State Laws

North Carolina Gun Laws


North Carolina Gun Laws
Obtaining a handgun in North Carolina is more difficult than it seems. A permit is required for all handguns, including obtaining a handgun through inheritance, through a private sale, or through receiving a gift. A pistol purchase permit must first be obtained through the county sheriff's office of the specific county of residence.

Those who have Carrying a Concealed Weapons permits are not required to submit for more registration. Those applying are required by state law to enter the county facility with a five-dollar fee and government-issued identification. A background check will then be handled through NICS and questions for why the handgun should be owned will be asked. Valid reasons for owning a handgun often include for target shooting, hunting, collection purposes, or self-defense.

Each county has different requirements and rules for acquiring a handgun permit, so over one hundred variations are possible. The local sheriff in each county will determine what the requirements shall be and other restrictions may be imposed. These restrictions may include the length of time for which processing can take, limiting the number of permits for which can be applied in a single time, or the necessity of establishing good character through references or witnesses. Jim Crow Laws are the basic outline for North Carolina handgun purchasing requirements and help designate who are allowed to obtain handguns.

Registration in North Carolina
Some counties require that all handguns be registered, despite the North Carolina law that states that handgun registration is not necessary. Durham County is the only county that is allowed to require this stipulation. The state of North Carolina is considered a "shall issue" state in regards to carrying concealed handguns. The local county sheriff's office will determine if each licensing application is valid or void.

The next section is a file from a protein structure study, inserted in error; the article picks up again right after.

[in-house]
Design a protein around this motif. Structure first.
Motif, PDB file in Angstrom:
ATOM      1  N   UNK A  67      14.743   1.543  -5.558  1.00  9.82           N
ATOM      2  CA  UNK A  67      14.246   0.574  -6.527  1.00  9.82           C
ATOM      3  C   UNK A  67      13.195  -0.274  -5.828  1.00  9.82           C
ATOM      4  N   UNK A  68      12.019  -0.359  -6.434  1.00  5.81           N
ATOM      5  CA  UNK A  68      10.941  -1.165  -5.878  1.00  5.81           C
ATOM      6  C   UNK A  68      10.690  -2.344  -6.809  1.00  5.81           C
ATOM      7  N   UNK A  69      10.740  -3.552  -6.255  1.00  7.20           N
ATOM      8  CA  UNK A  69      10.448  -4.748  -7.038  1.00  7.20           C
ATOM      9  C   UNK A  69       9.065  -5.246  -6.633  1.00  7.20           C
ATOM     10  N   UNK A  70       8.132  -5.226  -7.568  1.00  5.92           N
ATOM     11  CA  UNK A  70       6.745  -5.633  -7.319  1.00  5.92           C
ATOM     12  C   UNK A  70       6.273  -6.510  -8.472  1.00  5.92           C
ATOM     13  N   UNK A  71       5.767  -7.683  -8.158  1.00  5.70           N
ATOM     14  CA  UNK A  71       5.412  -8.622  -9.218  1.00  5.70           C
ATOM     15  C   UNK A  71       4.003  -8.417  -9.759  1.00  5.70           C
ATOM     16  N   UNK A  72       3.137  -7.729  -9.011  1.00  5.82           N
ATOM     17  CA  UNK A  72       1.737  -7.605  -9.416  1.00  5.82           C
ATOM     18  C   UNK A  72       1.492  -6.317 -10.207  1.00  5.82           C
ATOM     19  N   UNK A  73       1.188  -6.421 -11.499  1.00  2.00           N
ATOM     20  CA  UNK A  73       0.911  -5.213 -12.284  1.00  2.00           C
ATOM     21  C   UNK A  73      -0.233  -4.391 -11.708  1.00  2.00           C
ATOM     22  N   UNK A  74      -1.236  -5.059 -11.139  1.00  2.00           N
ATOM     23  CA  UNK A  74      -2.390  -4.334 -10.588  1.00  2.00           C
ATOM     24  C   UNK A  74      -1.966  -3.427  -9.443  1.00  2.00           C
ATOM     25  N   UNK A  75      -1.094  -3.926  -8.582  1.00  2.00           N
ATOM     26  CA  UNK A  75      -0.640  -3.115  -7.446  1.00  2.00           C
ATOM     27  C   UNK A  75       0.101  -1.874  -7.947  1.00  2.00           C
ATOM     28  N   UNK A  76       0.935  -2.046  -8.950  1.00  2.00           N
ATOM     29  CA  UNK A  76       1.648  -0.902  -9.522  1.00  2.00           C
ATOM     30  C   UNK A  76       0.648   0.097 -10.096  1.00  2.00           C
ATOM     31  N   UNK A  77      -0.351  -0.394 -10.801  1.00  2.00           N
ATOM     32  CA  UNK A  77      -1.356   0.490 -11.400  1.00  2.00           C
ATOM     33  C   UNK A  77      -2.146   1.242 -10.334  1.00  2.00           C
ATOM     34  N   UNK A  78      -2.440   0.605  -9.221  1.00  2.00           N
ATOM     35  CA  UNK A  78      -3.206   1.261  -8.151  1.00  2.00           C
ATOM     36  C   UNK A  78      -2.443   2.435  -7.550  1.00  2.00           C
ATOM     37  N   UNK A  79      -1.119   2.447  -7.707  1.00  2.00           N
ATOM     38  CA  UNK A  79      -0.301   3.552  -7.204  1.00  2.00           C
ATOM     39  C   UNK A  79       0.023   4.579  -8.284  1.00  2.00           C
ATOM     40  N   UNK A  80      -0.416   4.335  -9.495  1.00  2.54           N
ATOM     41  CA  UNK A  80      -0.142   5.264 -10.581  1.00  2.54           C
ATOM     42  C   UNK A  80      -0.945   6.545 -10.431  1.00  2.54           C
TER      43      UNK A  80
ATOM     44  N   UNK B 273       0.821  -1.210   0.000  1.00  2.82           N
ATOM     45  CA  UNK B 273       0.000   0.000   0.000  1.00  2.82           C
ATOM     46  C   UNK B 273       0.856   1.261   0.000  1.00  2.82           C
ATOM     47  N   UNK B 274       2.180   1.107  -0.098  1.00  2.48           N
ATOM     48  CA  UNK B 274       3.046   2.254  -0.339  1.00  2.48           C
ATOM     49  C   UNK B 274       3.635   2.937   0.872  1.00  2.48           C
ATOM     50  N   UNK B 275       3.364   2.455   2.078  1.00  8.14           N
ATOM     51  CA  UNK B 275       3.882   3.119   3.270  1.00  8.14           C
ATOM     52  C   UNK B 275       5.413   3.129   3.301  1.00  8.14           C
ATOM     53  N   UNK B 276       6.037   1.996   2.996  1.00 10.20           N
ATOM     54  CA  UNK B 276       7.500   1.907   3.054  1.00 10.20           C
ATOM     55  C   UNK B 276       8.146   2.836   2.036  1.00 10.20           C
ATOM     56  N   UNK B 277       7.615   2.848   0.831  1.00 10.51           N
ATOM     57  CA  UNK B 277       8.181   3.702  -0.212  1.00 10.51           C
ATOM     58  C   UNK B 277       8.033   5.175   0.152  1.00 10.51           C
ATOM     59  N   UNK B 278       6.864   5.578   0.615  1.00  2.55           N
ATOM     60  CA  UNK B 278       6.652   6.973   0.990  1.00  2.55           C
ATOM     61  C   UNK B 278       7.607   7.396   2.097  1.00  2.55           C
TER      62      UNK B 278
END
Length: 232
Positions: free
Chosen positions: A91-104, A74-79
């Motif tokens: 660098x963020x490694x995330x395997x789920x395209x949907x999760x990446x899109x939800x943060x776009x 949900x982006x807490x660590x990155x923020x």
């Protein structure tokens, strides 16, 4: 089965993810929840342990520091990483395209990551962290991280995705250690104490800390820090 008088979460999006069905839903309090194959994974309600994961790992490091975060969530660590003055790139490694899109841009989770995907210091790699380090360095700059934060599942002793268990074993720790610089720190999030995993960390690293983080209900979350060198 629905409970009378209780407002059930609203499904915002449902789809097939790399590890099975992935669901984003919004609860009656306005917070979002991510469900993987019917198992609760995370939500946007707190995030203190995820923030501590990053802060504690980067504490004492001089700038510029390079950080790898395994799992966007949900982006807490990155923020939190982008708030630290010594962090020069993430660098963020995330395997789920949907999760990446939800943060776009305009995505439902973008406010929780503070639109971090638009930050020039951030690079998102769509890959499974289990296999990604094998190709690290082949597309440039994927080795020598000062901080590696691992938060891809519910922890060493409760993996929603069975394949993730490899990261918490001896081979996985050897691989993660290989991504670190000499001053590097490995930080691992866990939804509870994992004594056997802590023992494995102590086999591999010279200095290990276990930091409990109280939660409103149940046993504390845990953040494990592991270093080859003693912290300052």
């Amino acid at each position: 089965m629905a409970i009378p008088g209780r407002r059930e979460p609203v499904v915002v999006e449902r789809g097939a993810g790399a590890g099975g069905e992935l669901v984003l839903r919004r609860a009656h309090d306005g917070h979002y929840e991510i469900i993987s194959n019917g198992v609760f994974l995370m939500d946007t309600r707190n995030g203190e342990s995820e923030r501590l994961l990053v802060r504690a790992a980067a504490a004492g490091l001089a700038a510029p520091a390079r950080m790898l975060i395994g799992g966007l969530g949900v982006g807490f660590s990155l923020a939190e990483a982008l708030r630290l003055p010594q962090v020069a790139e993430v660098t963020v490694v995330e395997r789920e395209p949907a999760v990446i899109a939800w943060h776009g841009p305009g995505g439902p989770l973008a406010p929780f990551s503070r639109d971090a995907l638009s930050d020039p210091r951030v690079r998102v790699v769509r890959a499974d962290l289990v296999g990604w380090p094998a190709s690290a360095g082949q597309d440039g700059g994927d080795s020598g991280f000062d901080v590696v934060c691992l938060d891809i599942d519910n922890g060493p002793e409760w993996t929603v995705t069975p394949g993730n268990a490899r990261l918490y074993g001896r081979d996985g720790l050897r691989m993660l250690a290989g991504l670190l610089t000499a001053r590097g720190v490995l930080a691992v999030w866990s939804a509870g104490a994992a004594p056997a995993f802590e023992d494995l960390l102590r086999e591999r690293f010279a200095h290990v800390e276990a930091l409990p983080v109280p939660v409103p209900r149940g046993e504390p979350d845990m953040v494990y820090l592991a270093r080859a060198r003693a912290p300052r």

Those who are applying for concealed weapons permits must first complete a training course through the state. Once a license is validated it can be in use for five years. Even if a concealed weapons permit is at hand, no individual is lawfully allowed to carry a concealed weapon on school property or government property.

Like other states, North Carolina allows concealed weapons permits to be valid from other states while in North Carolina borders. These states include West Virginia, Washington, Virginia, Utah, Texas, Tennessee, South Dakota, South Carolina, Pennsylvania, Oklahoma, Ohio, North Dakota, North Carolina, New Mexico, New Hampshire, Montana, Missouri, Mississippi, Michigan, Louisiana, Kentucky, Kansas, Indiana, Idaho, Georgia, Florida, Delaware, Colorado, Arkansas, Arizona, Alaska, and Alabama. In contrast North Carolina concealed weapons permits are valid in thirty other states, also more than any other state.

The state of North Carolina does not require a permit to openly carry a weapon. However some cities have further specific restrictions. The city of Cary is the only town in North Carolina that prohibits Open Carry as a legality. Chapel Hill restricts certain guns bases on their size, usual smaller guns. In this case whenever another individual feels threatened, an arrest or questions will often take place.

See also:
North Carolina Felony
North Carolina Divorce
North Carolina Bankruptcy Laws
North Carolina Misdemeanor External link (opens in new window)
North Carolina Expungement External link (opens in new window)